I was born in Mbabane, in the Kingdom of Eswatini many years ago and lived there for most of my life until a couple of years ago.

When my boys were small, friends of ours returned from an overseas posting. Friends who had a racially integrated marriage. It was the time of apartheid in neighbouring South Africa, and many of the prejudices of institutionalised separation made their way over the border. The sad thing about prejudice is that it easily rubs off, it is contagious and one has to consciously guard against it.

These friends had twins, separated in age from my youngest son by four days. The three were such firm friends that we laughingly referred to them as triplets.

One day, about six months into their first year at ‘big’ school, my youngest came home and asked me why he was different to his two friends. I was puzzled.

“What do you mean, different?”

Without a word he pointed to his arm and rubbed it. I knew with sinking certainty that some well-meaning, ignorant bigot must have pointed this out to him – he would never have figured that out on his own. I tried to respond to my unhappy five-year old with a lesson in genetics, but some of the light had gone out of his eyes, and my reassurances were not going to help.

We are one? or We need to be one?

A couple of weeks ago I was in Checkers, struggling through my mask and steamed up glasses to read the label on some product when the most atrocious language insinuated itself into my consciousness. My first thought was to hope there were no children around. The tone and insistence of the abuse penetrated, however, and as I looked up to see what was going on, I couldn’t help but object.

“Hey!” I said.

The perpetrator was a young white male, casually dressed. He looked at me almost proudly, confident of my approval, as he continued swearing at a young black man, who, hats off to him, was ignoring the tirade. What he had done to cause this, who knows, except that I heard the man say: “you can’t even say sorry,” so I assume maybe he had bumped past him.

I frowned, and said again, “Hey, you can’t talk like that!”

I can be a bit slow at times and should have made a much greater fuss. Once this chap realised I wasn’t applauding his vileness he disappeared fast. Like out of the shop fast. I found the whole episode deeply upsetting.

A couple of days later, at my home, which fronts onto a fairly busy road that edges a park I experienced another unpleasant incident. There are a number of hobos who live around here, and during lockdown a few desperate people had been scavenging for food. Where possible my neighbours and I had helped them. I was on the phone and one of these chaps was waiting to talk to me when a red bakkie screamed to a stop, half on my pavement and started yelling and asking if he was worrying me.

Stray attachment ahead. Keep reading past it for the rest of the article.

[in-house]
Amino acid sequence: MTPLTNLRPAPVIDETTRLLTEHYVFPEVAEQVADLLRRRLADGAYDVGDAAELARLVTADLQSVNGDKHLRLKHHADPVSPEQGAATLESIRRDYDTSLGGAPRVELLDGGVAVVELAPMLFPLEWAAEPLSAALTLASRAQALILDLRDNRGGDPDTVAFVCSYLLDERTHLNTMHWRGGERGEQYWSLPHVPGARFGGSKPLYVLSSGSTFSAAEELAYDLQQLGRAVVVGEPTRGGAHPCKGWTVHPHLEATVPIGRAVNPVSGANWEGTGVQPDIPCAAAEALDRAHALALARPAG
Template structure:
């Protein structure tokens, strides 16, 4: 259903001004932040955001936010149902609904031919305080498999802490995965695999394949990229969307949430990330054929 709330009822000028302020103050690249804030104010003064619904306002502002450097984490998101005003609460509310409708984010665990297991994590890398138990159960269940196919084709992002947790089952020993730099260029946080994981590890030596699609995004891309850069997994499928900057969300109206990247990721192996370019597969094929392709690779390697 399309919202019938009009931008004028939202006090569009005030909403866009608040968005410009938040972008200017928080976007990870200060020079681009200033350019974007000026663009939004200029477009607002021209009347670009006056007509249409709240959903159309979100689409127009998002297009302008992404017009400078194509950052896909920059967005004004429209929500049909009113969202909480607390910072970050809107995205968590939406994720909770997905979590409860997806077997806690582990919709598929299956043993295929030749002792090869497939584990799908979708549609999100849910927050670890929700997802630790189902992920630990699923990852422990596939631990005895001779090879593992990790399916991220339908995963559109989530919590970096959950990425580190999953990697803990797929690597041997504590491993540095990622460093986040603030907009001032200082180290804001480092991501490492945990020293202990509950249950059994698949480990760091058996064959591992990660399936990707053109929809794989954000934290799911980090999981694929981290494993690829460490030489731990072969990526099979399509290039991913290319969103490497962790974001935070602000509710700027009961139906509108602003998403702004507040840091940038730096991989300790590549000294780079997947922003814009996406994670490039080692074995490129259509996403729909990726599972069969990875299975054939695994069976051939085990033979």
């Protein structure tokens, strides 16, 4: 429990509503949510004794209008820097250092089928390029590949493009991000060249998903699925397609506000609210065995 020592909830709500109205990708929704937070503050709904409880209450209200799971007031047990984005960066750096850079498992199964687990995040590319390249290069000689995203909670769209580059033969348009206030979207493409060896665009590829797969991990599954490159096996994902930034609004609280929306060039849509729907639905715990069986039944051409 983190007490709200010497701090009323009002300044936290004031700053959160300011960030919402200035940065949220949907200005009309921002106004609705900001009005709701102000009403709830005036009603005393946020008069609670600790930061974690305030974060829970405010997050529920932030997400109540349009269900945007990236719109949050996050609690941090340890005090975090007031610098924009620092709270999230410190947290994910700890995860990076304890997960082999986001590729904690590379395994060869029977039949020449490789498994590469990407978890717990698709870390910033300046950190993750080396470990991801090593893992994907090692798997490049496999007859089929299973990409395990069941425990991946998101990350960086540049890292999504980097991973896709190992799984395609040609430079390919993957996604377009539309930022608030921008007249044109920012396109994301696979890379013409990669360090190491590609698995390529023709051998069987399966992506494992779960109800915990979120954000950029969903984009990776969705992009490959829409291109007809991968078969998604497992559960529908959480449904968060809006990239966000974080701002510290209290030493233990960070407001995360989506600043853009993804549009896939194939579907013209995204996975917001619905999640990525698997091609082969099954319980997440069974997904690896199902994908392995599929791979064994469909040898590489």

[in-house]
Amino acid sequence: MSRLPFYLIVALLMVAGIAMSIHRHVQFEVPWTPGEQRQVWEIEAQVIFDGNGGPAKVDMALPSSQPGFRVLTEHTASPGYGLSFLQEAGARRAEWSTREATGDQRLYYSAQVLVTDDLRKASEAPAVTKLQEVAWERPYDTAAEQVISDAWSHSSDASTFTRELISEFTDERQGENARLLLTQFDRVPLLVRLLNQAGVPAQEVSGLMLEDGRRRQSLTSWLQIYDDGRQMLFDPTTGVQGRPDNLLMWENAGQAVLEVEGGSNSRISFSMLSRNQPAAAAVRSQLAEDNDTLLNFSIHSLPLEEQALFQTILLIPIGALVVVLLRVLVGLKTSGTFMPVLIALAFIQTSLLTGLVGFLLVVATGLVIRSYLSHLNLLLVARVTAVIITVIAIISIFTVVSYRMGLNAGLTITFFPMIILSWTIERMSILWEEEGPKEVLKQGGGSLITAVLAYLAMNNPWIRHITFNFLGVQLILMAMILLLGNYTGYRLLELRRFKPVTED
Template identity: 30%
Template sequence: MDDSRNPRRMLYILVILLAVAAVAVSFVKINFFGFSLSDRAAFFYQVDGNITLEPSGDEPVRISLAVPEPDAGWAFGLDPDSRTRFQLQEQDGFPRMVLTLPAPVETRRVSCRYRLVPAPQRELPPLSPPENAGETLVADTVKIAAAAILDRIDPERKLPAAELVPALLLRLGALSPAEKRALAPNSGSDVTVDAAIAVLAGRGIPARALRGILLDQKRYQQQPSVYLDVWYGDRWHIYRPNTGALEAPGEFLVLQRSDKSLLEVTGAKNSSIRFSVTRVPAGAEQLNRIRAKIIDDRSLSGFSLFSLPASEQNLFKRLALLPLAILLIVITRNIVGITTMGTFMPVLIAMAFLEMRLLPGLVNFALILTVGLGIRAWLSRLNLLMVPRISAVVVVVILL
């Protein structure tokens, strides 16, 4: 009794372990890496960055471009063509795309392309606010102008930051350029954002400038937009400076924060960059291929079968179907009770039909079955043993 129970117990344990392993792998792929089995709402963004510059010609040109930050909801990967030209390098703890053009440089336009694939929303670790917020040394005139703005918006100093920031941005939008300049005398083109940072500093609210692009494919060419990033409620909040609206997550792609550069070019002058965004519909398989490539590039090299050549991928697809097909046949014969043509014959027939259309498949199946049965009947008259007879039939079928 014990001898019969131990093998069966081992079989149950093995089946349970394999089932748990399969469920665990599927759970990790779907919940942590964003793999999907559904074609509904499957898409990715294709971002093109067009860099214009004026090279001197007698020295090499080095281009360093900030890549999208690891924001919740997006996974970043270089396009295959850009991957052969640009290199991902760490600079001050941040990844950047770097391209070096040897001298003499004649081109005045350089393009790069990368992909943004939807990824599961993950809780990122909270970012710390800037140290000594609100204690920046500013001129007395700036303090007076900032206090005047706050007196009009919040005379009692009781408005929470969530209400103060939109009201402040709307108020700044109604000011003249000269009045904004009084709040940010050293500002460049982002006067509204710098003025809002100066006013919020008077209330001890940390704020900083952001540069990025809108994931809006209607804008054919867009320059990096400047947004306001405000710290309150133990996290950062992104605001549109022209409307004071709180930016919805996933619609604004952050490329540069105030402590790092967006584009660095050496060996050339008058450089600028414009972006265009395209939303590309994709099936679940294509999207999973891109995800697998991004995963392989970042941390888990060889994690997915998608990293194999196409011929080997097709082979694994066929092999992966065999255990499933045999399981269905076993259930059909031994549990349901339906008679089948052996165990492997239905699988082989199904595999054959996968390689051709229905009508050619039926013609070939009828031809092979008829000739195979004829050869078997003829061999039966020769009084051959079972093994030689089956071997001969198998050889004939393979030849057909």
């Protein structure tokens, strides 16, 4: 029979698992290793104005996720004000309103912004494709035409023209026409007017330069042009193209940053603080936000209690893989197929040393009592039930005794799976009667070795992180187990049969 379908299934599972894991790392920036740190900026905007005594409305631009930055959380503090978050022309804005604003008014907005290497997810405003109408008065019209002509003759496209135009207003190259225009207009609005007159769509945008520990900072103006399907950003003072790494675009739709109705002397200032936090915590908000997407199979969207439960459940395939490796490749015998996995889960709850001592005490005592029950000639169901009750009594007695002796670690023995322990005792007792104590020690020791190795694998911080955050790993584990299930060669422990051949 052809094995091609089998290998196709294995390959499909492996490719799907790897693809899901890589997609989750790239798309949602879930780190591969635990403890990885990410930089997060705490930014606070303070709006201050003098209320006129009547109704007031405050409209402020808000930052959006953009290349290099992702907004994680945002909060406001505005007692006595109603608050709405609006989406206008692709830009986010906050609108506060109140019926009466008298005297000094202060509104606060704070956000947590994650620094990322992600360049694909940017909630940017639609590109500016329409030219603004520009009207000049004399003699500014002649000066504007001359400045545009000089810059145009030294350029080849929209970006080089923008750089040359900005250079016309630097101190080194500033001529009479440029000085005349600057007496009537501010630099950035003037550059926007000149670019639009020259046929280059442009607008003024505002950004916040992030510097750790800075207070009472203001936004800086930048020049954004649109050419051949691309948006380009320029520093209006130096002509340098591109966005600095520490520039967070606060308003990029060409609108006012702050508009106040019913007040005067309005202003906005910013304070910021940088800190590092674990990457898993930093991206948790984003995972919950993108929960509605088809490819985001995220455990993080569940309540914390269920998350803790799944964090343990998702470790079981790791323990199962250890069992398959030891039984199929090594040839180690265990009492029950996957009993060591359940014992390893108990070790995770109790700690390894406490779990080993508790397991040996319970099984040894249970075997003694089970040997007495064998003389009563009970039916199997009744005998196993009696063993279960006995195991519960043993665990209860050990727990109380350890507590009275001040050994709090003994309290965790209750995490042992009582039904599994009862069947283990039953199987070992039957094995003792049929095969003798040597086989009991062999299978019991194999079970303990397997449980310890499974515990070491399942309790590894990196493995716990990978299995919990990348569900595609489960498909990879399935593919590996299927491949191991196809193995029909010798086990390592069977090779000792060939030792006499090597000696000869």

I shook my head and tried to indicate that everything was fine. But they told this man that they were community police and he better get moving before they sorted him out. I shouted and said “No, it’s fine, I know him.” They were in too much of a hurry to listen and roared off. This poor man took off down the street, and I have not seen him since. I had also never seen these “community police” before, nor have I seen them since.

In both these cases I know, and so do you, that if the subjects of the vitriol had been white, there would have been no incident.

How many times have you, I’m talking to the whites here, been served ahead of a black person who was in front of you in the queue? How many times have you received better treatment than your black brother or sister? How many times has a black man doffed his hat, or bowed his head to you and called you ‘Baas’ or ‘Madam’? How many times has a black lady curtsied to you, and shown you the utmost respect, even if she is many years your senior?

How many times have you bowed your head to a black man and called him ‘baas’? how many times have you curtsied to a black woman, or man, to thank them for some paltry favour?

Are you getting the picture?

Are you starting to understand why the response to #BlackLivesMatter can never be “But White Lives Mattter, or All Lives Matter? Do you get it? Because you need to get it! If you try to justify your response to #BlackLivesMatter by saying white, or all lives matter, you are tacitly admitting culpability in the systemic and unrelenting racism that has defined black lives for centuries.

Yup. You are guilty. As are most of us.

This movement is not denying the importance of all lives, even white lives, but it is about ending generations of attitude and behaviour that has ensured the denigration of black people, of treating them as lesser beings, as people who don’t count, and this has to change.

I am very aware that as a white I have and do receive preferential treatment, and it is easy to let it happen. Until such time as we acknowledge this and make a conscious effort to rearrange our attitudes and thoughts, that we refuse that preferential treatment, we are guilty of endorsing our own white privilege at the expense of black people, and nowhere is this more reprehensible than in the Church.

Every time I see Christians touting their counter hashtags I cringe at the damage they are doing to the message of the gospel, the message of love from a God who states unequivocally He created all men equal in His image. If I deny the rights of a black man before my Father in heaven, I deny God Himself. Nowhere in scripture does it differentiate between the races on the basis of colour. Nowhere.

Please! You need to understand what this is about. Until such time as we, as whites acknowledge our role and determine to change ourselves and our part in perpetuating racism, no matter how insignificant you may think your part is, we can never move forward, the fighting and outrage will never stop.

Like it or not, Black Lives Matter!

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